The four ψ s are orthogonal to each other. The ψ field is then quantized and written in the form

r

ψ =

j

2 b j (k )ψ

=1,

+

k ,j + d j

(k )ψ

k ,j

dk

(2 π

) 3 (15)

where b j and d are the electron annihilation and positron creation operator respectively. The operators satisfy the usual anti-commutation relation.

j

{ b r (k ),b s (q )} = { d r (k ),d s (q )} = (2 π ) 3 δ 3 (k q )δ rs (16)

Then the ψ field also satisfies the anti-commutation relation,

{ ψ α (t, x ), ψ β (t, y ))} = δ 3 (x y )δ αβ .

(17)

III. “IN” VACUUM AND “OUT” VACUUM.

The former section was about the second quantization of the ψ field. However, this representation cannot give

the spin of the particle pairs directly. We have to change the representation to up and down spinor bases,

ψ =

r =1, 2 b

(0)

r

(k,t )u r, k e i ω k dt

+

d

(0)

r

(k,t )v r, k e i ω k dt e ik · x dk

(2 π ) 3 .

(18)

Here, u r, k and v r, k are defined as

u r, k =

ω k + m 2ω k

η

r

σ · p 2ω k ( ω k + m ) η r

, v r, k =

σ · p 2ω k ( ω k + m ) η r

ω k + m 2ω k

η

r

(19)

where u 1, k and u 2, k are spin up and spin down elec- tron spinor respectively (along z-direction). p = (k 1

eA 1 ,k 2 eA 2 ,k 3 eA 3 ). Since we discuss only electric field in z direction, A 1 = A 2 = 0. v 1, k and v 2, k are

spin down and spin up positron spinors respectively. u r, k

and v r, k satisfy

u

r, k u r , k = δ r,r , v r, k v r , k = δ r,r , u

r, k v r , k = 0 . (20)

One can relate eq (15) and eq. (18) with the Bogoli- ubov transformation

d

b

b

(0)

r

(k,t ) = α k ,r (t )b s (k ) + β k ,r (t )d s (k ) (21)

s

s

s=1, 2

(0)

r

(k,t ) =

β ,r (t )b s (k ) + α ,r (t )d s (k (22)

k

s

s

k

)

s=1, 2

From the canonical anti-communication relation, one

finds

r =1, 2

(| α k ,r | 2 + | β k ,r | 2 ) = 1

s

s

(23)

Once Bogoliubov transformation is substituted in eq.

(18), ψ ,s and ψ ,s are found by comparing this equation

with eq. (15),

+

k

k

ψ

ψ

+

k ,s =

k ,s =

r

=1,

2

r

=1,

2

α

β

k ,r u r, k e i ω k dt β s

s

k

,r v r, k e i ω k dt (24)

s ,r u r, k e i ω k dt + α s

k

k

,r v r, k e i ω k dt (25)

As usual, the number of particles produced per unit phase space volume at a given momentum is given by

n (k,t ) = 0 , in| b

r =1, 2

(0)

r

(k,t )b

=

s=1, 2; r =1, 2

| β k ,r (t )| 2

s

(0)

r

(k, t ) | 0 , in

(26)

4

ψ

From eq. (24), α k ,r and β k ,r can be found in terms of

s

s

+

k ,s .

α

β

s

k ,r

s ,r e i

k

e i

ω k dt

= v

r, k ψ k

+

,s

ω k dt = u

r, k ψ k

,s

+

(27)

(28)

One can substitute eq. (13) and (19) to obtain α and β

s

k ,r ,

s

k

,r

1

β k ,

1 =

e i

˙

ω k dt (ω k + m + p 3 )(ω k f 1 i f

+

k ,

+ k , 1 )

2 ω k (ω k + m )

(29)

1

β k ,

2

˙

= e i ω k dt (p 1 + ip 2 )(ω k f 1 i f

+

k

,

+

k , 1 )

2 ω k (ω k + m )

(30)

α

˙

k , 1 = e i ω k dt (ω k + m p 3 )(ω k f 1 + i f

+

k

,

+

k, 1 )

1

2 ω k (ω k + m )

1

α k , 2

2

β k ,

1

=

˙

e i ω k dt (p 1 + ip 2 )(ω k f 1 + i f

+

k

,

+

k , 1 )

2 ω k (ω k + m )

˙

= e i ω k dt (p 1 ip 2 )(ω k f 2 i f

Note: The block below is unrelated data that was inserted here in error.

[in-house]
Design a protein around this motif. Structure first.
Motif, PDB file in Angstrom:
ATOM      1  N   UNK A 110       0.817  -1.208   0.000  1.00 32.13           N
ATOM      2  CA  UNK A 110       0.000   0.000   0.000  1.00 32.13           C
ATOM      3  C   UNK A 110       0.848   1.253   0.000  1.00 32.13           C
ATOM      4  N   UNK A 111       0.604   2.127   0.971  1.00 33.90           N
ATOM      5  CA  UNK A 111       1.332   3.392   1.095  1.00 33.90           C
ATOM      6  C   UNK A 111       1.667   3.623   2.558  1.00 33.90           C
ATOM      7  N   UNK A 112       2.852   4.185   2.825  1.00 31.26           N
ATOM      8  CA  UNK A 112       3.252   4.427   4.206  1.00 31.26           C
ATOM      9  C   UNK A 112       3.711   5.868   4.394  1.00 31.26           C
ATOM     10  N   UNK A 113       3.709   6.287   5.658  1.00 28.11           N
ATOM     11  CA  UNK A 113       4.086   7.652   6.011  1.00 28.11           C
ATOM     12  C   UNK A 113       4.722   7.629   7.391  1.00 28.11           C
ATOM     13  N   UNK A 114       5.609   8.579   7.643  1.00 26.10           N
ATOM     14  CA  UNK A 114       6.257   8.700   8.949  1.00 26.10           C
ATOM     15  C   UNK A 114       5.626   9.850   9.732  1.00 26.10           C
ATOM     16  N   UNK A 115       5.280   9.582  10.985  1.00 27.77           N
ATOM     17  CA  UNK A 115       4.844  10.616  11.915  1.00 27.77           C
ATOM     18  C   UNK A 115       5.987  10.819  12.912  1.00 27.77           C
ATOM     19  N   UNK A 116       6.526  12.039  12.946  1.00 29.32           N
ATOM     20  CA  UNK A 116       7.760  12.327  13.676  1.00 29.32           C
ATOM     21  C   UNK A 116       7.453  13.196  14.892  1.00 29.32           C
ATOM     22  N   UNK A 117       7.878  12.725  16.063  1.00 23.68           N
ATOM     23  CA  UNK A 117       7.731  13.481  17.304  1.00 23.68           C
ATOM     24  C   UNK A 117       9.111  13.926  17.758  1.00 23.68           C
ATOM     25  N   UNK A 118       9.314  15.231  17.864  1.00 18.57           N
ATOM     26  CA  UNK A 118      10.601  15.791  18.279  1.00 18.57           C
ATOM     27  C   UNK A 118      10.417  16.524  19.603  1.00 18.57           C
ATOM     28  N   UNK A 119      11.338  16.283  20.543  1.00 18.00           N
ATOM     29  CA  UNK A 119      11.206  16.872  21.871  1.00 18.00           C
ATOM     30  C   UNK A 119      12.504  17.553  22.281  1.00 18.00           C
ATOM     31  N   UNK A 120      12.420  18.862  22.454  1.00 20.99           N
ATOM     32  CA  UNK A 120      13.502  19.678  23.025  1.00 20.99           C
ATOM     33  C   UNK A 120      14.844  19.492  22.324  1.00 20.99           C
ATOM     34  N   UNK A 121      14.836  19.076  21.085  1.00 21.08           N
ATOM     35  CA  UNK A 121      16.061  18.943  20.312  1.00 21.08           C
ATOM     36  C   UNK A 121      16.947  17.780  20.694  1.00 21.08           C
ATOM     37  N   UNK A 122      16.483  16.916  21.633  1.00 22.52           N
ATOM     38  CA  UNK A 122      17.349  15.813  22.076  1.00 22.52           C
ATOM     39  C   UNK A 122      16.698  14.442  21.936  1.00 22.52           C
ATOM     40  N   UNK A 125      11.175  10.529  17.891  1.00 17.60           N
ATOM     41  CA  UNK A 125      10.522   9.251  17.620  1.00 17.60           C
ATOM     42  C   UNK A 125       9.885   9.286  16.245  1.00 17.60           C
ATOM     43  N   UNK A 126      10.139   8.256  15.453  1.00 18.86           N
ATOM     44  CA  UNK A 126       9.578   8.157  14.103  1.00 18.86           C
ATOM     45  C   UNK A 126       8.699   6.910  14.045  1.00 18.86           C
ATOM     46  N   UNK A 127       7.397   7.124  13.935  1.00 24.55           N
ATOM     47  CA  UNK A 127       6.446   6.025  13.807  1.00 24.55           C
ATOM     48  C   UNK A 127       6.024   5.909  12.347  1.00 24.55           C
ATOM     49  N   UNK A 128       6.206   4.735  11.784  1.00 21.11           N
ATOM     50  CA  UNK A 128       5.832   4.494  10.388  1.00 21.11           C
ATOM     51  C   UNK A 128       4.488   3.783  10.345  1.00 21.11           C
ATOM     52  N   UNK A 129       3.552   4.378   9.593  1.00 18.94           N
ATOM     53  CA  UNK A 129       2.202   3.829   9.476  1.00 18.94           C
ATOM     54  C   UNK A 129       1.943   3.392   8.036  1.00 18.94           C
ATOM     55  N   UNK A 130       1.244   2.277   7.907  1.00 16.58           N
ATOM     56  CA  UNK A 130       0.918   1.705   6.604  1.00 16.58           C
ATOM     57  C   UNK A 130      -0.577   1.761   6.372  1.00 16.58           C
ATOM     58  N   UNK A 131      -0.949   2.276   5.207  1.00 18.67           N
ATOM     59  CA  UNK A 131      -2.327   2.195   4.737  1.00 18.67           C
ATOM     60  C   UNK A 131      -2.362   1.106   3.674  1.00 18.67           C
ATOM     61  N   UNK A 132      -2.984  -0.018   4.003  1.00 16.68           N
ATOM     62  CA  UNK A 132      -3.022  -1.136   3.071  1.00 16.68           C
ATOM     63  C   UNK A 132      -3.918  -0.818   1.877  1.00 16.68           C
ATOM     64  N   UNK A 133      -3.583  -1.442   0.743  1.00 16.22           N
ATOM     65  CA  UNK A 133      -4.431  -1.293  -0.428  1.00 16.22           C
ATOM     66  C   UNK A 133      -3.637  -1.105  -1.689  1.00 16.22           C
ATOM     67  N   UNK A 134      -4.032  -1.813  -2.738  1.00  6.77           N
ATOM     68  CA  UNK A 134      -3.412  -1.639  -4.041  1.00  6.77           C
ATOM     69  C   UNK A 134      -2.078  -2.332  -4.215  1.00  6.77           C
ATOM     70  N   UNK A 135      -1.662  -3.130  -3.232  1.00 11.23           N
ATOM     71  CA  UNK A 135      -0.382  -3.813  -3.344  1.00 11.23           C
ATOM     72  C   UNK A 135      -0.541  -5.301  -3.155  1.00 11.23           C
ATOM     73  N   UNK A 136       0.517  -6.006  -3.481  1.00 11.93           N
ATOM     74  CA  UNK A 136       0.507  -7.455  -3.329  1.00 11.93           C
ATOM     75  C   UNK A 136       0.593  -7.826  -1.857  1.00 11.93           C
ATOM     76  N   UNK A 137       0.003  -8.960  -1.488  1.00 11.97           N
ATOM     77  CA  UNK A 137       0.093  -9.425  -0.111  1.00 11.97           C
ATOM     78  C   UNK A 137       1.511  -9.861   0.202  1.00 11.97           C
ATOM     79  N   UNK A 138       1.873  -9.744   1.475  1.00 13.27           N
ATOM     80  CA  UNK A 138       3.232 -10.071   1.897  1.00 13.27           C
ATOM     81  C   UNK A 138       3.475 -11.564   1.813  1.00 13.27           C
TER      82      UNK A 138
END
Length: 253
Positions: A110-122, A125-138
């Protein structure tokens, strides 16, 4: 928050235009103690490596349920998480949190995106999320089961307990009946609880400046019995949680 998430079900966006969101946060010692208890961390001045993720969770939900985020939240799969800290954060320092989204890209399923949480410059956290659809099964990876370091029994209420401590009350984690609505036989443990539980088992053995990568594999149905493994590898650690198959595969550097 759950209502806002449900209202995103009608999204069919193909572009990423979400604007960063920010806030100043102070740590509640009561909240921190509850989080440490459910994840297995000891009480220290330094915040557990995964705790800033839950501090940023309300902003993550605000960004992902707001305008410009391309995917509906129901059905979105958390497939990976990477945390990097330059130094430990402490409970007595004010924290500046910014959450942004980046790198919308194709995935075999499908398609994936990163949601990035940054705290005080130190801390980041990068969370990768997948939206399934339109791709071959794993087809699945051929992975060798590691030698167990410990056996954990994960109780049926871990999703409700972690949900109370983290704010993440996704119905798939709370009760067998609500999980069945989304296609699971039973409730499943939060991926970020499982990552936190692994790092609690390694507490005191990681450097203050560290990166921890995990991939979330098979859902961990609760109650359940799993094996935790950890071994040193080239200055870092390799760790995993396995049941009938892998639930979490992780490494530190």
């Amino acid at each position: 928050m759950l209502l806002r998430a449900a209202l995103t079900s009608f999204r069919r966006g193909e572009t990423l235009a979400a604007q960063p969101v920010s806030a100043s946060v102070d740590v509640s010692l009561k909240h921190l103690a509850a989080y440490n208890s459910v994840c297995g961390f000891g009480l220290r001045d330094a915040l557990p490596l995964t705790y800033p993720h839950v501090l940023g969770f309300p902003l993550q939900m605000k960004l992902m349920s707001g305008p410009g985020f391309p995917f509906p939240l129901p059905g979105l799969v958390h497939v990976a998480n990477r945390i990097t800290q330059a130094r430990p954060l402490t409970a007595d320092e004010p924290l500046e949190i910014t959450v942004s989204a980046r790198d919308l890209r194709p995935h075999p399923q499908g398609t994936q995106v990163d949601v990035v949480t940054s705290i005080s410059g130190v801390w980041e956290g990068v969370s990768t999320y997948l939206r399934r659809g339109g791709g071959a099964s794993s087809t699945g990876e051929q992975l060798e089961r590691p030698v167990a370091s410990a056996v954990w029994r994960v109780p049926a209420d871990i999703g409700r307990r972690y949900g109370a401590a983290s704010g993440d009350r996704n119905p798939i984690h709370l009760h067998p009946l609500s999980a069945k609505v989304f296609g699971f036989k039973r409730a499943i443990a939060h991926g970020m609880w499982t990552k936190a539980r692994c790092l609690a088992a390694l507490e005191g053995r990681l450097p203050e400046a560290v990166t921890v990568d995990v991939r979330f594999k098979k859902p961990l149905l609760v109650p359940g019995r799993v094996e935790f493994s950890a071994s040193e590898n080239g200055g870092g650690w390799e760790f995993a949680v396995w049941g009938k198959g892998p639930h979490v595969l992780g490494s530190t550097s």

+

k

,

+

k , 2 )

2 ω k (ω k + m )

2

β k ,

2

˙

= e i ω k dt (ω k + m + p 3 )(ω k f 2 i f

+

k

,

+

k , 2 )

2 ω k (ω k + m )

α

2

k , 1 = e i

˙

ω k dt (p 1 ip 2 )(ω k f 2 + i f

+

k

,

+

k, 2 )

2 ω k (ω k + m )

α

2

k , 2 = e i

˙

ω k dt (ω k + m p 3 )(ω k f 2 + i f

+

k

,

+

k, 2 )

2 ω k (ω k + m )

(31)

(32)

(33)

(34)

(35)

(36)

f k,r = 0. All

β k ,s are 0. According to eq. (26), n = 0 and there is no particle creation. Since α k j ,i s in general are not both 0, the “out” vacuum’s spinors are not the same as the “in” vacuum’s spinors. Under the Bogoliubov transform the “in” vacuum, | in > , is annihilated by b s (k ) and d s (k )

As t → −∞, f ,s e iω k t and ω k f

k

+

+ k ,r i

˙

+

b s (k ) | 0 , in = d s (k ) | 0 , in = 0

(37)

while the “out” vacuum, | 0 , out , is annihilated by

b

(0)

r

(k, t ) and d

(0)

r

(k, t ),

b

b

(0)

r

(0)

(k, t ) | 0 , out = d r (k, t ) | 0 , out = 0

(38)

We may write the Bogoliubov transform as a unitary transform, U k ,

d

b

(0)

r

(0)

r

(k,t ) = U k b

(0)

r

(0)

r

(k,t ) = U k d

(k, −∞)U k

(k, −∞) U k

(39)

(40)

U k can relate the “out” vacuum to the “in” vacuum as

| 0 , out = U k | 0 , in

(41)

This is a 4 mode transform. Its complete form is complicated[26, 27], but we do not need the complete

transform. We only need to write the “out” vacuum in

terms of b i (k ), d j (k ) operators, and the “in” vacuum.

The “out” vacuum can be written in the form

| 0 , out = A exp

k

,s

ij

B ij b

i

d

j

  | 0 , in

A and B ij can be found from eq.

0 , out| 0 , out = 1,

(42)

(38) and

B ij = (1) m α m

k , 2 (t )β k , 1 (t ) α m 1 (t )β

k

,

j

j

k

, 2 (t )

1

1 k , 2 (t

)

α k 2 , 2 (t )α k , 1 (t ) α k 2 , 1 (t )α

(43)

A = 1 + (| B 11 | + | B 12 | + | B 21 | + | B 22 | ) 2 . (44)

Here m = 1, if i = 2 and m = 2 if i = 1. One must be

that U k = k ,s A exp ij B ij b d , since some

careful

of U k operators disappear while they operate on | 0 , in .

i

j

IV. OBSERVATION OF THE SPIN UP AND

SPIN DOWN STATES.

We are looking for the creation of a two particle state in

(t ) | out . This am-

the “out” vacuum, b plitude is

(0)

r

(k,t ) d

(

s

k , 0)

T rs = out| b

(0)

r

(k,t )d

(0)

s

(k, t ) | in

=

A β k ,r (t ) α i k ,s (t ) β k ,s (t )B ij (45)

i

j

i=1, 2

j

=1, 2

We can find the value of each component

T 11 = ω

+ k p ω k (ω k + m )

k

2

2

3

E + O (β 3 )

(46)

p 3 (p 1 + ip )

ω k (ω k + m ) E